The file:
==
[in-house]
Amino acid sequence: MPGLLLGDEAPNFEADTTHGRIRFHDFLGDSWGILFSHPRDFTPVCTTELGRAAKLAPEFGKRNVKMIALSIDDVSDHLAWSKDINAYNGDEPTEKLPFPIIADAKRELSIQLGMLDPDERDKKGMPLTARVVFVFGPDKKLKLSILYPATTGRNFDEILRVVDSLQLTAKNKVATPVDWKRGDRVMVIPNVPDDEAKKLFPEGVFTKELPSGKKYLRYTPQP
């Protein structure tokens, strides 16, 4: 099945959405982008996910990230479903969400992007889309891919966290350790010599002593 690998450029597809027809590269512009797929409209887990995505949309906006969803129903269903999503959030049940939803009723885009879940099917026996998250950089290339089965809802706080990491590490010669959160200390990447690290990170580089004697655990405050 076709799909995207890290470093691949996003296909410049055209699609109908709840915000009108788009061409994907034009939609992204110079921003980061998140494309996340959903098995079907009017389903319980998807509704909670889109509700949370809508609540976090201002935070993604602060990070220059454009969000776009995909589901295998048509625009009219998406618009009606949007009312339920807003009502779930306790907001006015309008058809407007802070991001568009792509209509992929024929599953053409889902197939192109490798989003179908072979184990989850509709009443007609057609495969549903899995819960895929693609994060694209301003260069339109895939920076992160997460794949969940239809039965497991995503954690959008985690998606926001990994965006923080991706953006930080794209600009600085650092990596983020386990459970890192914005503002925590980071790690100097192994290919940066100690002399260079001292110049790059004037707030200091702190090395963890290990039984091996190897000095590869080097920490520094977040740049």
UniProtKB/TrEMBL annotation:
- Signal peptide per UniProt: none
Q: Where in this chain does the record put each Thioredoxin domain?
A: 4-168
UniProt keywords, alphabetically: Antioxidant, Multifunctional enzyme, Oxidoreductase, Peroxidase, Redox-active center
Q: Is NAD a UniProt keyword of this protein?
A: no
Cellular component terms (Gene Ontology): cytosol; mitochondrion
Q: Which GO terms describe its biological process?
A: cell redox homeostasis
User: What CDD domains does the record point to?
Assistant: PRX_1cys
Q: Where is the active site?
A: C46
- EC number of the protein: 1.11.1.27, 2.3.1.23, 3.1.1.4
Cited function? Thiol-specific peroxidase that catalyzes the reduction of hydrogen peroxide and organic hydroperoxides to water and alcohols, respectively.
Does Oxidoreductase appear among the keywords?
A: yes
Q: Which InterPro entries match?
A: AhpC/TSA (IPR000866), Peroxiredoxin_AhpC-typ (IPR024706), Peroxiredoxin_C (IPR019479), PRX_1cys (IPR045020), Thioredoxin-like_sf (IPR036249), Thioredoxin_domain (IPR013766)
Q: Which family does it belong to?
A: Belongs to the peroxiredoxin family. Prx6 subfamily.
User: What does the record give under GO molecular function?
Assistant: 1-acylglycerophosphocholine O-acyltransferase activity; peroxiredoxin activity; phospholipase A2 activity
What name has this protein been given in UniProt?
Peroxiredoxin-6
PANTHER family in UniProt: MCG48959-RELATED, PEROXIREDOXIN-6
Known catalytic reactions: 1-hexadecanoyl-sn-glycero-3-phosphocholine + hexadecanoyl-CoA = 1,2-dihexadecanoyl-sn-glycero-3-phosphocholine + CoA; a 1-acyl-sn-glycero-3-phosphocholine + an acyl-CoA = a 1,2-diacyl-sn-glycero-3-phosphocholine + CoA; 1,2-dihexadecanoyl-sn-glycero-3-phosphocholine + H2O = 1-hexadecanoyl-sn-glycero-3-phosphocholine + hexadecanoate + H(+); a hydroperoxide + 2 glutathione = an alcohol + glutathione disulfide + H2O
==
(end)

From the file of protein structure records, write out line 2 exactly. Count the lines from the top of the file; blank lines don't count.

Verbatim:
Amino acid sequence: MPGLLLGDEAPNFEADTTHGRIRFHDFLGDSWGILFSHPRDFTPVCTTELGRAAKLAPEFGKRNVKMIALSIDDVSDHLAWSKDINAYNGDEPTEKLPFPIIADAKRELSIQLGMLDPDERDKKGMPLTARVVFVFGPDKKLKLSILYPATTGRNFDEILRVVDSLQLTAKNKVATPVDWKRGDRVMVIPNVPDDEAKKLFPEGVFTKELPSGKKYLRYTPQP